If you thought such industry giants as Jon Stewart, Craig Kilborn, and Conan O’Brian were funny, maybe it’s because they had a talented writer behind them – Emmy award winning and newly hired FILM & TV Assistant Professor Guy Nicolucci.
Although this is his first-time teaching at Montclair State University, Nicolucci has had about fifteen years’ worth of teaching experience, in areas like television and screenwriting. Most notably, Nicolucci has taught late night comedy and sitcom writing at New York University’s Tisch School of the Arts since 2004, and at Loyola Marymount in Los Angeles for the last four or five years.
Needless to say Nicolucci has a lot of experience to bring to a classroom. A television writer since 1996, he was one of the original writers for Comedy Central’s The Daily Show, where he wrote nearly 550 episodes.
His next career move was as a writer for NBC’s Late Night with Conan O’Brien, and then The Tonight Show with Conan O’Brien, for almost ten years.
In 2007, Nicolucci, and the writing team for Late Night, won an Emmy Award for Outstanding Writing for a Variety, Music, or Comedy Program. He’s also been nominated for Emmys a handful times over the years.
Nicolucci also worked on a few of the infamous Comedy Central Roasts for Comedy Central. Such roasts are legendary and predate the Comedy Channel. During a roast, a celebrity gets a lot of jokes made at their own expense. “You wouldn’t know it, I’m such a nice guy,” Nicolucci laughs.
Nicolucci’s writing credits don’t only involve television. For the last couple of years, he’s been writing feature movies for Lifetime, in the thriller genre. “I’ve had two produced and am currently in rewrites on a third,” Nicolucci says. “And then there are two other scripts in limbo somewhere in development.”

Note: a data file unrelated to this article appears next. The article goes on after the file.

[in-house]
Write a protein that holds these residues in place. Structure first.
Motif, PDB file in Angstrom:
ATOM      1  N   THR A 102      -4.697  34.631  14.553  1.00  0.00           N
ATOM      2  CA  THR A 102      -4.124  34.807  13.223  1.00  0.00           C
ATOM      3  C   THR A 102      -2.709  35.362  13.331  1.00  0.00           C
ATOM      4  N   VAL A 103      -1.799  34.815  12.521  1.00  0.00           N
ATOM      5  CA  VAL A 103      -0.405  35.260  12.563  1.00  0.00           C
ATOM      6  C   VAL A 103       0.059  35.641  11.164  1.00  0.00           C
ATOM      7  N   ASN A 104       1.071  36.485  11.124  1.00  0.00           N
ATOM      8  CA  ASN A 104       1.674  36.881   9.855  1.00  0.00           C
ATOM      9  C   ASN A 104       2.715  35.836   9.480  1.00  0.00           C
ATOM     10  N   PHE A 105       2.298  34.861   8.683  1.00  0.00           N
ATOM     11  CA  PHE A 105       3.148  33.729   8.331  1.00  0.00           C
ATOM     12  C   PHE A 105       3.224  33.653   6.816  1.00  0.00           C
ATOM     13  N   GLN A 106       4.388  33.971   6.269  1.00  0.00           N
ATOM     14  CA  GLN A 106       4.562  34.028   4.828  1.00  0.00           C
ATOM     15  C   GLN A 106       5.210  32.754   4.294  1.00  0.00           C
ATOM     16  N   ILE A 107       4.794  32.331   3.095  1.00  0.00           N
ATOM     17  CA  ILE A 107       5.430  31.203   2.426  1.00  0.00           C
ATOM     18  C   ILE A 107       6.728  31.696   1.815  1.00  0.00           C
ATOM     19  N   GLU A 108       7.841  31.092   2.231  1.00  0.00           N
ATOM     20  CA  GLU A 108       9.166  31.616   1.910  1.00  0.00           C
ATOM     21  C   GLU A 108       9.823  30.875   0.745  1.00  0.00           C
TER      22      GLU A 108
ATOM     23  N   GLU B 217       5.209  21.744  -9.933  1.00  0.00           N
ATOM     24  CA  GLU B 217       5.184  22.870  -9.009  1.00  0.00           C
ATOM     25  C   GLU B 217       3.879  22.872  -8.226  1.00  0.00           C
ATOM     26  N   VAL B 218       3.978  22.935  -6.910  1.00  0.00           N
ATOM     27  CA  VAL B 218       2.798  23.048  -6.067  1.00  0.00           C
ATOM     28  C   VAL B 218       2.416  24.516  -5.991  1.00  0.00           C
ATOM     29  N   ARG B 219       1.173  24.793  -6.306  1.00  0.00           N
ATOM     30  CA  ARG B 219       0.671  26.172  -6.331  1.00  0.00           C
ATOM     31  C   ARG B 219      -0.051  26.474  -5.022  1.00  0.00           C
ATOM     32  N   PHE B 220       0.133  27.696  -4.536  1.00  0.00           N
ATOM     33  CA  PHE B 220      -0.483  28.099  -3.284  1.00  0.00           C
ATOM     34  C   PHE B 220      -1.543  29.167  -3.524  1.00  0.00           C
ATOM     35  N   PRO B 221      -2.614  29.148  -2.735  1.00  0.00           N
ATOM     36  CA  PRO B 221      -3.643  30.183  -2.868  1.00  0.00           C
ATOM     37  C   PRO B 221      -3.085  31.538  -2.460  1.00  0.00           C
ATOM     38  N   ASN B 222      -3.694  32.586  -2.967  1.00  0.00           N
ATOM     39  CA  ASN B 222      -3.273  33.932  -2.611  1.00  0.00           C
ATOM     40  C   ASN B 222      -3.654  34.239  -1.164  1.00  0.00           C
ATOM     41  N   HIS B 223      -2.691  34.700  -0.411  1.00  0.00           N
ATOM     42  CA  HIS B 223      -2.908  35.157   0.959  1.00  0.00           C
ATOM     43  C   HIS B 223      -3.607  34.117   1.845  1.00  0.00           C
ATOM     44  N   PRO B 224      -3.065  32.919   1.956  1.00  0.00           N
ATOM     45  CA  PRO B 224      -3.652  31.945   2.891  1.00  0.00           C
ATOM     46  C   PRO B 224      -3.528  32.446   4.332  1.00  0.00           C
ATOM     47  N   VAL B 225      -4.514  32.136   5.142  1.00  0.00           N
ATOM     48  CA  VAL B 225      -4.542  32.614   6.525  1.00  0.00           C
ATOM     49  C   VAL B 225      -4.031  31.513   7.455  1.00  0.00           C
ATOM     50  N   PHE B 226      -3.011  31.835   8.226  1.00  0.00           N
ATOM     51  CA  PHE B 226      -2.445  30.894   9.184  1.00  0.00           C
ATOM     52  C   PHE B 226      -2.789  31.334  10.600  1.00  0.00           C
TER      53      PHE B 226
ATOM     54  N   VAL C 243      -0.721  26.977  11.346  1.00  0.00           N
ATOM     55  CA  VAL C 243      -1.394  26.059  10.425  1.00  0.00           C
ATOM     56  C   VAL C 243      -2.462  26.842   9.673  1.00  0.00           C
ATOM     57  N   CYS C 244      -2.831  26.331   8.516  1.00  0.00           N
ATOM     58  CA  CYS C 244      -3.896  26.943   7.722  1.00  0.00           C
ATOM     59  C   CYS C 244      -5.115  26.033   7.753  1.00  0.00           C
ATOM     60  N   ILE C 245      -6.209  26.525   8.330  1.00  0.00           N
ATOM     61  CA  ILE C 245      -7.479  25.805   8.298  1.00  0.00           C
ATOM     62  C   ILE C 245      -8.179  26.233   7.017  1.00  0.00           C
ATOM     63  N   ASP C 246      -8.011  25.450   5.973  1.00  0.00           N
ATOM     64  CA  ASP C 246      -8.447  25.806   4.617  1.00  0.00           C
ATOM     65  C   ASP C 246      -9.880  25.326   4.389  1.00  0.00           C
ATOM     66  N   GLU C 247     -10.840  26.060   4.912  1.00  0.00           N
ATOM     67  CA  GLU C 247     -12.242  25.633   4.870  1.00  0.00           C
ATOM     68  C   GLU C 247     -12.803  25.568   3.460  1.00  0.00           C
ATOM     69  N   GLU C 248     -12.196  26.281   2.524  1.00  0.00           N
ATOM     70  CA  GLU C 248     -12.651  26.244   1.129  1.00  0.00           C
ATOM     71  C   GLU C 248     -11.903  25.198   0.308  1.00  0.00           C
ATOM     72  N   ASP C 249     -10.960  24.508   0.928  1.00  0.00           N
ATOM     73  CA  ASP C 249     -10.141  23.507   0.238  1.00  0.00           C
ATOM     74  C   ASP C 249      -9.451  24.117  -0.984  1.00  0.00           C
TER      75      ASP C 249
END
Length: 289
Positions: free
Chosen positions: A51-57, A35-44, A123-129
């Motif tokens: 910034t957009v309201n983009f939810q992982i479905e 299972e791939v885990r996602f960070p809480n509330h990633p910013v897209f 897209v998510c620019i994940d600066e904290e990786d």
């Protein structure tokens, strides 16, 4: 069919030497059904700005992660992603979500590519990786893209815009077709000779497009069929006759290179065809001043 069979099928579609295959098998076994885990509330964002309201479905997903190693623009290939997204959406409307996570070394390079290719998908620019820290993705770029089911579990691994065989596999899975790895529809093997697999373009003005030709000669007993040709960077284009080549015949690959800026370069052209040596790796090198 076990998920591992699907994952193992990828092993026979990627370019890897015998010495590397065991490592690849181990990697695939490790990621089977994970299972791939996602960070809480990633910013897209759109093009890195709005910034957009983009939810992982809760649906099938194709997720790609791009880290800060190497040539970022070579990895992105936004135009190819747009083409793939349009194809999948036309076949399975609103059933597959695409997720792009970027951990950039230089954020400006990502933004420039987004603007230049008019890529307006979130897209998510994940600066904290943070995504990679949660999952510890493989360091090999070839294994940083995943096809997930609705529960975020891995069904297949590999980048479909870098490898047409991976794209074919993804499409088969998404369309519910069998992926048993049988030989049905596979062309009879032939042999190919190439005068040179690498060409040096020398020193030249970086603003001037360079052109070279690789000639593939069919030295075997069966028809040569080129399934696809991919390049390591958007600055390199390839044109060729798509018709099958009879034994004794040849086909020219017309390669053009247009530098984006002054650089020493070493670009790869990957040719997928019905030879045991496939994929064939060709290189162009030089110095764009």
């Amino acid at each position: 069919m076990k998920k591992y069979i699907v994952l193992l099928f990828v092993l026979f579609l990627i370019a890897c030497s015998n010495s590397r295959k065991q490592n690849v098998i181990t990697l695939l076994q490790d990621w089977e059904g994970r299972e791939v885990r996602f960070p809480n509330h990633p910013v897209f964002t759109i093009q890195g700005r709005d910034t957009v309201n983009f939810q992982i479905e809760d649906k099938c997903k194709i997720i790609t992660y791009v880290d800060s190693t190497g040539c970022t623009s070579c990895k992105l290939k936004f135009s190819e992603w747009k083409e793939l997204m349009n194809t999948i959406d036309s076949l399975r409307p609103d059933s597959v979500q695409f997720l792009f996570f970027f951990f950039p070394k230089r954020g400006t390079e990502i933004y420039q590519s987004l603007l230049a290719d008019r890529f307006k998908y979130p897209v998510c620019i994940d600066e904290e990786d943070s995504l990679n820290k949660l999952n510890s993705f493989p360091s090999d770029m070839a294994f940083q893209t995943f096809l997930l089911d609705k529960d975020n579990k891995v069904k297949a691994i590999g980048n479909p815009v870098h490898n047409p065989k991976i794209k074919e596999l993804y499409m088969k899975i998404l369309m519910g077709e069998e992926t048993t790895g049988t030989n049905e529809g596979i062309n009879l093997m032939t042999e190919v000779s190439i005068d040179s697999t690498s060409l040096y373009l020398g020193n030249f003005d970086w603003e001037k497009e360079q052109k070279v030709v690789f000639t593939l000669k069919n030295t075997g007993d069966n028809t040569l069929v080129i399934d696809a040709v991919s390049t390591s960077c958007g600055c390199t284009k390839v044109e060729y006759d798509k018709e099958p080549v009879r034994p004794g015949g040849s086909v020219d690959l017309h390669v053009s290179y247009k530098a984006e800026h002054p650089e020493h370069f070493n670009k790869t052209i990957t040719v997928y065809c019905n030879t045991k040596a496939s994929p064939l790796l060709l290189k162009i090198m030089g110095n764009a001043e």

When asked how his own education prepared him for writing in the media industry, Nicolucci says that he took what he could get out of it. “Well, I got my degree in journalism, but I turned out to be a pretty poor journalist,” he says. “But the best thing I got out of journalism was how to type, and how to do the work on deadline. The other thing journalism taught me was to look around and ask questions and just keep your eyes wide open because there’s so many interesting stories out there.”
While Nicolucci brings so much industry experience to the School of Communication and Media, he is delighted to find that our Film students match it with their own passion and knowledge. “The students are so engaged and so want to be there, and they’re all so talented that it’s making me up my game,” he says. “I feel like it’s wonderful to teach students that are focused and have goals and are interested.”
However, there are still a few words of advice that Nicolucci can give, for anyone trying to break into the media industry. “Get internships, and be nice to your fellow students, because they’re the ones that are going to be hiring you, or you’ll be hiring them,” he says. “Your future colleagues are your current classmates. So, build good relationships because it’s very rare that you get hired by a stranger. Even if that person is a stranger, that stranger is going to know somebody that knows you, and your reputation, good or bad, will help or hurt you. So be nice.”